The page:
The most common argument against outsourcing is the resultant loss of jobs. These laws were passed to ensure that businesses kept their operations mainly in the U.S. and laid off fewer people. Instead of helping the businesses, these laws have cost local governments millions of dollars to ensure that their businesses did not leave the country. New Jersey and Indiana have paid amounts close to a million dollars more than necessary to ensure that their work is not outsourced in order to appease the anti-outsourcing lobby.
The first attempt at blocking outsourcing was made in 2004 when the Senate passed the Consolidated Appropriations Act which provides for statutory spending by different government departments. Section 233 of the act is entitled “Impact on Jobs in the United States” and requires that none of the funds appropriated by the act may be obligated or expected to provide financial incentive to a business enterprise to relocate outside the country if it is likely to reduce the number of its employees in the U.S. The act further provides that an activity or function of an executive agency that is converted to contractor performance under Office of Management and Budget Circular A-76 may not be performed by the contractor at a location outside the U.S. except to the extent that such activity or function was previously performed by federal employees outside the country. This meant that a government contract acquired by a private corporation could not be outsourced or relocated to a legal entity outside the U.S. if such inducement is likely to reduce the number of employees in the U.S. This rationale for the act is that the source of government projects is public money.
Leaving emotional issues aside, the main question is: Is outsourcing so undesirable that the government has to introduce laws to prevent outsourcing?
The answer is no.
Outsourcing has not resulted in Americans losing jobs. When the laws against outsourcing were passed, more Americans were employed since the recession ended in 2001 and unemployment was also falling. Outsourcing represents less than 1 percent of gross job turnover.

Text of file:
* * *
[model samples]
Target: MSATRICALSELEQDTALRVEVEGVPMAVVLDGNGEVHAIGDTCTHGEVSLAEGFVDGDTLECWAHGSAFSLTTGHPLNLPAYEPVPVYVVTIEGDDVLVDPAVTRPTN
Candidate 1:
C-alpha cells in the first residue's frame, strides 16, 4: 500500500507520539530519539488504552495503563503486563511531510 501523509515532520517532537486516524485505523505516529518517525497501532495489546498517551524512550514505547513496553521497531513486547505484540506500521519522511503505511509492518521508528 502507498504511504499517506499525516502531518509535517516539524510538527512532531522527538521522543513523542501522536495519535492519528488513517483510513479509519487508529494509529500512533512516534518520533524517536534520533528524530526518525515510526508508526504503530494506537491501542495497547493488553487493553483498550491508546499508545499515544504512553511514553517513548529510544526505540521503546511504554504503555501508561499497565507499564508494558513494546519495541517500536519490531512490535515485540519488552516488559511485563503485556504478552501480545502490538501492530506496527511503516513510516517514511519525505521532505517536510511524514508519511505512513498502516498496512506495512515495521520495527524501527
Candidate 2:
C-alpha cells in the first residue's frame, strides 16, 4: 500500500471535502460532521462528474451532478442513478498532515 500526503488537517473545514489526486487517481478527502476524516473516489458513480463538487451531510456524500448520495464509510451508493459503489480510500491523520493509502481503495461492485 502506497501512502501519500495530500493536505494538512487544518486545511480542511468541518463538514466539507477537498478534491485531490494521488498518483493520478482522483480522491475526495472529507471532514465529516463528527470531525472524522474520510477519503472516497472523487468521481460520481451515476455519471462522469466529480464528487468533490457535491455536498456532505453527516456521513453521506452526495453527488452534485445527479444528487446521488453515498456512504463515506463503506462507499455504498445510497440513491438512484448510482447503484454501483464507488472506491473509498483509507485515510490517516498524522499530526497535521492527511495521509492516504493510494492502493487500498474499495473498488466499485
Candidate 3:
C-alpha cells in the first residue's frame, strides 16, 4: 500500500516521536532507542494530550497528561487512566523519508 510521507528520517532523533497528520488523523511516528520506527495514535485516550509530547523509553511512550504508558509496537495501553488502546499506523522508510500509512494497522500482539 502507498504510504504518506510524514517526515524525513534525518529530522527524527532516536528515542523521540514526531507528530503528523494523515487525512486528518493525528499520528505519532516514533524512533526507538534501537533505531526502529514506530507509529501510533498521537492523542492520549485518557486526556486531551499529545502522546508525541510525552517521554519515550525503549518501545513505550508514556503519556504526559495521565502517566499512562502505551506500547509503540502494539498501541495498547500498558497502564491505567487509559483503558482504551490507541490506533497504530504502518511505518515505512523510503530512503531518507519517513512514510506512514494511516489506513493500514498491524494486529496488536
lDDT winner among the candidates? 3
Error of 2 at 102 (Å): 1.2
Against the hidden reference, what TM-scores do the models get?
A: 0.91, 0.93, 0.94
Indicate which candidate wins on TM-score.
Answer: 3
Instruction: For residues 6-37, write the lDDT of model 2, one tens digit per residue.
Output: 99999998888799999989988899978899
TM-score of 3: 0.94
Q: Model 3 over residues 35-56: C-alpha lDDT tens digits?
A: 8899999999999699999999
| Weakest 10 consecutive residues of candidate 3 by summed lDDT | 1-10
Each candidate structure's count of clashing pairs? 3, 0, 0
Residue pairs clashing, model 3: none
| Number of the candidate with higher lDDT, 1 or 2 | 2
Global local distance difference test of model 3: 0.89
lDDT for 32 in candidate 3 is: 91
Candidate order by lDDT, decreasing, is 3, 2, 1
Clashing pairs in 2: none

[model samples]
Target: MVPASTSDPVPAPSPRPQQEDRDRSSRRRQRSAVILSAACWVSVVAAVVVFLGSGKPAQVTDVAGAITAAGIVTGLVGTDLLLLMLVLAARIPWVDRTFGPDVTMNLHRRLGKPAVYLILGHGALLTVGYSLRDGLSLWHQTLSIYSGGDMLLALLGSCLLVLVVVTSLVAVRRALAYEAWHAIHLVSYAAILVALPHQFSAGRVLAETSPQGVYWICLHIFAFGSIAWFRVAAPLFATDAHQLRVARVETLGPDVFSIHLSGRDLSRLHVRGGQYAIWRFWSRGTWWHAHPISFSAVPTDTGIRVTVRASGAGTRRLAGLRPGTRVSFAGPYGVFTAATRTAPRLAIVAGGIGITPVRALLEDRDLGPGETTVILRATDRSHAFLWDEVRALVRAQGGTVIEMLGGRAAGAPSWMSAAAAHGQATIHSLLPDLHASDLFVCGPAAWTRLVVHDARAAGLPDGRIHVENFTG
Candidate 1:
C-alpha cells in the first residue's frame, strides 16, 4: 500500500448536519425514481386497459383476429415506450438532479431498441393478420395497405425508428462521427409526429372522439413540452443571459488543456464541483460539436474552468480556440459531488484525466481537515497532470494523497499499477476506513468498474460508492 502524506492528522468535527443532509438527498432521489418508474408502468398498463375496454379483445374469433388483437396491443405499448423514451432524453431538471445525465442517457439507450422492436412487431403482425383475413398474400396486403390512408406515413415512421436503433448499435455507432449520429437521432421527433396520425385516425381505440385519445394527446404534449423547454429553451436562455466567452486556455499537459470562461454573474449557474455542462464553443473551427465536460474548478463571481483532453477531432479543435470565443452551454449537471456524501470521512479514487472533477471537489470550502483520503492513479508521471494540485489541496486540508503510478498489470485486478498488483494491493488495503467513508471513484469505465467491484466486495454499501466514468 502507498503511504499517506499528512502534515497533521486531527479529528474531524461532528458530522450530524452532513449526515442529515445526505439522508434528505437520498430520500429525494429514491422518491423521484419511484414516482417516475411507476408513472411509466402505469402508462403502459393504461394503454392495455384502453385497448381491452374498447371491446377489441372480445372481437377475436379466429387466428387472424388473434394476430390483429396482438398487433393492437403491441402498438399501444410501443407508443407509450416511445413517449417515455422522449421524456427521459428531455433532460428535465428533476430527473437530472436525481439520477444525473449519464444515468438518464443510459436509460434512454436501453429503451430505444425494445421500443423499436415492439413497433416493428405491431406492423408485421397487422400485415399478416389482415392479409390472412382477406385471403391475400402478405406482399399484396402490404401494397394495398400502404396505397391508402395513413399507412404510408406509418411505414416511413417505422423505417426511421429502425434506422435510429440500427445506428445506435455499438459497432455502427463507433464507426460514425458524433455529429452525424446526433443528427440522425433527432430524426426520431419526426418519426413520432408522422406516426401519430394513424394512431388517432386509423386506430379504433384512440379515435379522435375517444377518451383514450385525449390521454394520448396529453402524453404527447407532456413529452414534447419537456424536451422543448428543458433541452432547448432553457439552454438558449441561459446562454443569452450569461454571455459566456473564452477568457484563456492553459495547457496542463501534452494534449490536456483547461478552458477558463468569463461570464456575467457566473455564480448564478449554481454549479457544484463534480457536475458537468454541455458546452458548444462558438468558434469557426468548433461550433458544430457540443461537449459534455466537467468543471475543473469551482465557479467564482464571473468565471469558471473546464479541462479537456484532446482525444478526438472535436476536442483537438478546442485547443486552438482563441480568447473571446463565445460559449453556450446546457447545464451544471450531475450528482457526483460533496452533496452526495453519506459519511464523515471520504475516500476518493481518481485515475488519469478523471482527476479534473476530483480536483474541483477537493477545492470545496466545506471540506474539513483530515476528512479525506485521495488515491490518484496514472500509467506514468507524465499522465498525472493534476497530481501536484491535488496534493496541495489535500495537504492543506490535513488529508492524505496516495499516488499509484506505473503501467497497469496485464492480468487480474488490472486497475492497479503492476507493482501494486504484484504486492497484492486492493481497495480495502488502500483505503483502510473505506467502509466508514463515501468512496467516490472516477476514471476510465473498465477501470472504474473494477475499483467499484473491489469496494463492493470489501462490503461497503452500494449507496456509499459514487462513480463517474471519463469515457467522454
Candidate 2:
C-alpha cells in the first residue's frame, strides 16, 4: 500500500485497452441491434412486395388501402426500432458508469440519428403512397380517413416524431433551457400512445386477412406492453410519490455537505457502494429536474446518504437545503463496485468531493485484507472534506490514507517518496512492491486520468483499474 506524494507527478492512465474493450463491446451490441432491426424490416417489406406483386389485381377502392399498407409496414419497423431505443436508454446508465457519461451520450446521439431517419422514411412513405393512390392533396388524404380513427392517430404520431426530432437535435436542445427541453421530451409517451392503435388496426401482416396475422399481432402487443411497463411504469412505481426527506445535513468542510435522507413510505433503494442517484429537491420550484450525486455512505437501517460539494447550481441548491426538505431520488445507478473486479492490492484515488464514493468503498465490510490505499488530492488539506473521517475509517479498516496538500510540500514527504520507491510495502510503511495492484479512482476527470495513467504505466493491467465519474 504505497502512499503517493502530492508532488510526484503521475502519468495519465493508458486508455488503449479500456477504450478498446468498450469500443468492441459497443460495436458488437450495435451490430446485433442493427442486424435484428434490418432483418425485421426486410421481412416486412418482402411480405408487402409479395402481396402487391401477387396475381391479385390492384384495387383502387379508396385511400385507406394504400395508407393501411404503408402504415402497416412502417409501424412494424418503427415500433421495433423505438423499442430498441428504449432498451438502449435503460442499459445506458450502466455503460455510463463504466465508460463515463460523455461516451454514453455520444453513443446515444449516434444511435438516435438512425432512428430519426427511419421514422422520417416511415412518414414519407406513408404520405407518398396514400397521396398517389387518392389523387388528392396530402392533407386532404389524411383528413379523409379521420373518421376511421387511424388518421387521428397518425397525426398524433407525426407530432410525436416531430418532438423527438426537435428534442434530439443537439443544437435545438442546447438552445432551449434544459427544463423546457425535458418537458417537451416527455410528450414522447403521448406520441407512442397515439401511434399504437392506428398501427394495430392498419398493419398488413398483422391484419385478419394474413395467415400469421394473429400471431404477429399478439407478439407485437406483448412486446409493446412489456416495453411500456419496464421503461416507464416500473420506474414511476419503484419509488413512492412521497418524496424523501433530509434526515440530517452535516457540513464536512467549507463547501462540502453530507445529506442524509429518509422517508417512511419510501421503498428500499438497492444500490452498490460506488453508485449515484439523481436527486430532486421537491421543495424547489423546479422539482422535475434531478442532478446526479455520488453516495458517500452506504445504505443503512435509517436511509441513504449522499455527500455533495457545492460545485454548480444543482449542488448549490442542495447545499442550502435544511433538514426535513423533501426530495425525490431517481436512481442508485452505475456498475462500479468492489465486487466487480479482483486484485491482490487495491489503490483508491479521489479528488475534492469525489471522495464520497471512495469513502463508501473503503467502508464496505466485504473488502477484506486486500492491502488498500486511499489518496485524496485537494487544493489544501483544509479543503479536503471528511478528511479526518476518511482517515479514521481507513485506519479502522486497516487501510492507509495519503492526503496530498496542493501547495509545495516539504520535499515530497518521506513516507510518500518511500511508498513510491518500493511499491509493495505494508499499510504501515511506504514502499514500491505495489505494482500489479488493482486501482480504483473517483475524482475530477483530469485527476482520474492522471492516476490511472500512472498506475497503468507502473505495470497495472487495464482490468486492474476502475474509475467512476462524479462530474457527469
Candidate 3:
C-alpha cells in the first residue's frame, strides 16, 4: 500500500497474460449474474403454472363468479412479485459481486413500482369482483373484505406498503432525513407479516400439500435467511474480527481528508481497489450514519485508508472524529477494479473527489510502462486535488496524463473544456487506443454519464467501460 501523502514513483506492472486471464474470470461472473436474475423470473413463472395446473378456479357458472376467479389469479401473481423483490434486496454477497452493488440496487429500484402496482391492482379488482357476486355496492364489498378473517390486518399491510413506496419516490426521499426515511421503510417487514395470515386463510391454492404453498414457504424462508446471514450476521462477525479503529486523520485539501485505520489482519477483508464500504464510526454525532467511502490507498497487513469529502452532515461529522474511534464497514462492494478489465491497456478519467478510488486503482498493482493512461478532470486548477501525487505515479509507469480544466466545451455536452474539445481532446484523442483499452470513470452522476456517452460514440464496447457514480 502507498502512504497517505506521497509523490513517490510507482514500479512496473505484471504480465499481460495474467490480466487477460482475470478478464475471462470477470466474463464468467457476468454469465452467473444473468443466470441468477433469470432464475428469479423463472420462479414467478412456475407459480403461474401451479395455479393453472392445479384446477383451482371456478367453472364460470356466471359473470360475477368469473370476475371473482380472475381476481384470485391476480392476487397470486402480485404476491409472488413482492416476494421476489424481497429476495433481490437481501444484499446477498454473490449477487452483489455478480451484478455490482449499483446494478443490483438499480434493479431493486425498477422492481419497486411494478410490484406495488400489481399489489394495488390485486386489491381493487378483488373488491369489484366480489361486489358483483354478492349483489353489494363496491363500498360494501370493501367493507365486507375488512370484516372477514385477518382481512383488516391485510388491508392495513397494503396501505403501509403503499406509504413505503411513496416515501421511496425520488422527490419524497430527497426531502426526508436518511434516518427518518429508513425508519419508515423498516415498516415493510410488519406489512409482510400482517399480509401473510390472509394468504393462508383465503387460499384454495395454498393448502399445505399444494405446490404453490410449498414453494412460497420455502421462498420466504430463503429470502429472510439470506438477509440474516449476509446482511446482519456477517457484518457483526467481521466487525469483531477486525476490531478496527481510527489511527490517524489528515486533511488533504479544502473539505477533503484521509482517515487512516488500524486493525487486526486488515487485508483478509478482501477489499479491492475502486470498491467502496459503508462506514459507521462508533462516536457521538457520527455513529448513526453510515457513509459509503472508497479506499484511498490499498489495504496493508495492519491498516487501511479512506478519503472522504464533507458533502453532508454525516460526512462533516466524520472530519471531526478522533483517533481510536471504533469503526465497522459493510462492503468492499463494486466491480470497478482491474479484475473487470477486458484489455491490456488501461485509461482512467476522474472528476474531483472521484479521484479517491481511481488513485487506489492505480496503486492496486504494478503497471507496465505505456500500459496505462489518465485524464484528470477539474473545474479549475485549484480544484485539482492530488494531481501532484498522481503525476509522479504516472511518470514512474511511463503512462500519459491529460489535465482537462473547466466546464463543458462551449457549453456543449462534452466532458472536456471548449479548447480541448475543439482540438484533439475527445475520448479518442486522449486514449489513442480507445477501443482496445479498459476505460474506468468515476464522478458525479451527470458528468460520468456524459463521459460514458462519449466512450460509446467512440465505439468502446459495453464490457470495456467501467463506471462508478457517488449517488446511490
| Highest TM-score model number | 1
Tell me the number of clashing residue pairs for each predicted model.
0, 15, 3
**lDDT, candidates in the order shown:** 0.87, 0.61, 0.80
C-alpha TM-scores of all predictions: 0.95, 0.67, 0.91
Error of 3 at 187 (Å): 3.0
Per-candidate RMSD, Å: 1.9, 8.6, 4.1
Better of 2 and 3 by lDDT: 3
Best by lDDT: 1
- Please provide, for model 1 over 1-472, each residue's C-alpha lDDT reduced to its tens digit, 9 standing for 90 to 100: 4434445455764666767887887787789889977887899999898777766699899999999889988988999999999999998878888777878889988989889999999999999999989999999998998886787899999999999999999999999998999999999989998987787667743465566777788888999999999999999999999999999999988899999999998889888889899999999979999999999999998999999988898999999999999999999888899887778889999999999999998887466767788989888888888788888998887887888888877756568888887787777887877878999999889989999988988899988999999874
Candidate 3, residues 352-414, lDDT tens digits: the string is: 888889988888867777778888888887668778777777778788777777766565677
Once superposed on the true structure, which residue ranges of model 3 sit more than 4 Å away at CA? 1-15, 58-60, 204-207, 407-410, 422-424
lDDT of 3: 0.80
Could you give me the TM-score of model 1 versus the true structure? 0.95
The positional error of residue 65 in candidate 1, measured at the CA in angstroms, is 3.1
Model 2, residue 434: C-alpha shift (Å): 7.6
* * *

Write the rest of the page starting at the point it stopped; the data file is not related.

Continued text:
Preventing outsourcing is an attack on economic freedom of U.S. businesses. Economic freedom is necessary for economic growth, new jobs, and higher living standards. Outsourcing means efficiency – more final output with lower cost inputs – lower prices for all U.S. businesses and Americans in general. Lower prices lead directly to higher standards of living and more jobs in a growing economy.
The situation today is different from the time these laws were passed. Today the U.S. economy is on the verge of recession. However it would be wrong to blame outsourcing for its woes. The subprime crisis, housing and stock market crisis were not caused by outsourcing. Outsourcing has virtually nothing to do with the increase in gas prices. Jobs are being lost in all countries including those the opponents of outsourcing say are stealing the American jobs.
Instead on concentrating on emotive issues, had the government paid more attention to the real economic issues facing the nation, maybe the economy would not have been in the state it is in today.
Economic analysis always bases its theories on assumptions like “everyone is intelligent” or “people do whatever they can to maximize their profit.” It goes without saying that these assumptions do not hold good a lot of the time. However, they are valuable models and help approximate reality.